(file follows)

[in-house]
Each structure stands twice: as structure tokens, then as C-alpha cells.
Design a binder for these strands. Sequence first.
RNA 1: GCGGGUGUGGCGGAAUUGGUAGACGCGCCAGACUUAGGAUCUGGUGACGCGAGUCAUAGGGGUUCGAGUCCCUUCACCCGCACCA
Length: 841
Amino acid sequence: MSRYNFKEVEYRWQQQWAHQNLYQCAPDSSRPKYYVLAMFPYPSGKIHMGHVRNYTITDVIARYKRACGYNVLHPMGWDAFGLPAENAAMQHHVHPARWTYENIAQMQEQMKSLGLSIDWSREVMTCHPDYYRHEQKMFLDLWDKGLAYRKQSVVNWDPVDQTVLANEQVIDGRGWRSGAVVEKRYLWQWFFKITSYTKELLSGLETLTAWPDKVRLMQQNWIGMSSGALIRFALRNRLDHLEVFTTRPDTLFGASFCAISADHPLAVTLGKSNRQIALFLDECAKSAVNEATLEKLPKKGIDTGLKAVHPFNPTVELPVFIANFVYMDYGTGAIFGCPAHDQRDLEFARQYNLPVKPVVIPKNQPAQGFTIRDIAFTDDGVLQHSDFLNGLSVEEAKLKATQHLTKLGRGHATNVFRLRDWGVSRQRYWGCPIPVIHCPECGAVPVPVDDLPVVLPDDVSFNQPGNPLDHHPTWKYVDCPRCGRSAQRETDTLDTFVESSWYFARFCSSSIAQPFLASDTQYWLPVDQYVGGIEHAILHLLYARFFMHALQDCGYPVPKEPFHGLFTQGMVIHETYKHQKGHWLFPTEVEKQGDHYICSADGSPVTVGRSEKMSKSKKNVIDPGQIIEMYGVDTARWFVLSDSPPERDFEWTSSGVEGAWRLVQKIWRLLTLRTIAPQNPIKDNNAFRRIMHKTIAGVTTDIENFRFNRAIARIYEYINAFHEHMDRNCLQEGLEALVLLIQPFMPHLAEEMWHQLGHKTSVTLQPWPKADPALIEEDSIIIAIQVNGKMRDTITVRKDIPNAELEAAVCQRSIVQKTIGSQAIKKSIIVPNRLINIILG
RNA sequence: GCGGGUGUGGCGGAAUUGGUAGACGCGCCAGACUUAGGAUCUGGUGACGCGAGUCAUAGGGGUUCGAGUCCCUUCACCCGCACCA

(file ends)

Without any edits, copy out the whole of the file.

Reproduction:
[in-house]
Each structure stands twice: as structure tokens, then as C-alpha cells.
Design a binder for these strands. Sequence first.
RNA 1: GCGGGUGUGGCGGAAUUGGUAGACGCGCCAGACUUAGGAUCUGGUGACGCGAGUCAUAGGGGUUCGAGUCCCUUCACCCGCACCA
Length: 841
Amino acid sequence: MSRYNFKEVEYRWQQQWAHQNLYQCAPDSSRPKYYVLAMFPYPSGKIHMGHVRNYTITDVIARYKRACGYNVLHPMGWDAFGLPAENAAMQHHVHPARWTYENIAQMQEQMKSLGLSIDWSREVMTCHPDYYRHEQKMFLDLWDKGLAYRKQSVVNWDPVDQTVLANEQVIDGRGWRSGAVVEKRYLWQWFFKITSYTKELLSGLETLTAWPDKVRLMQQNWIGMSSGALIRFALRNRLDHLEVFTTRPDTLFGASFCAISADHPLAVTLGKSNRQIALFLDECAKSAVNEATLEKLPKKGIDTGLKAVHPFNPTVELPVFIANFVYMDYGTGAIFGCPAHDQRDLEFARQYNLPVKPVVIPKNQPAQGFTIRDIAFTDDGVLQHSDFLNGLSVEEAKLKATQHLTKLGRGHATNVFRLRDWGVSRQRYWGCPIPVIHCPECGAVPVPVDDLPVVLPDDVSFNQPGNPLDHHPTWKYVDCPRCGRSAQRETDTLDTFVESSWYFARFCSSSIAQPFLASDTQYWLPVDQYVGGIEHAILHLLYARFFMHALQDCGYPVPKEPFHGLFTQGMVIHETYKHQKGHWLFPTEVEKQGDHYICSADGSPVTVGRSEKMSKSKKNVIDPGQIIEMYGVDTARWFVLSDSPPERDFEWTSSGVEGAWRLVQKIWRLLTLRTIAPQNPIKDNNAFRRIMHKTIAGVTTDIENFRFNRAIARIYEYINAFHEHMDRNCLQEGLEALVLLIQPFMPHLAEEMWHQLGHKTSVTLQPWPKADPALIEEDSIIIAIQVNGKMRDTITVRKDIPNAELEAAVCQRSIVQKTIGSQAIKKSIIVPNRLINIILG
RNA sequence: GCGGGUGUGGCGGAAUUGGUAGACGCGCCAGACUUAGGAUCUGGUGACGCGAGUCAUAGGGGUUCGAGUCCCUUCACCCGCACCA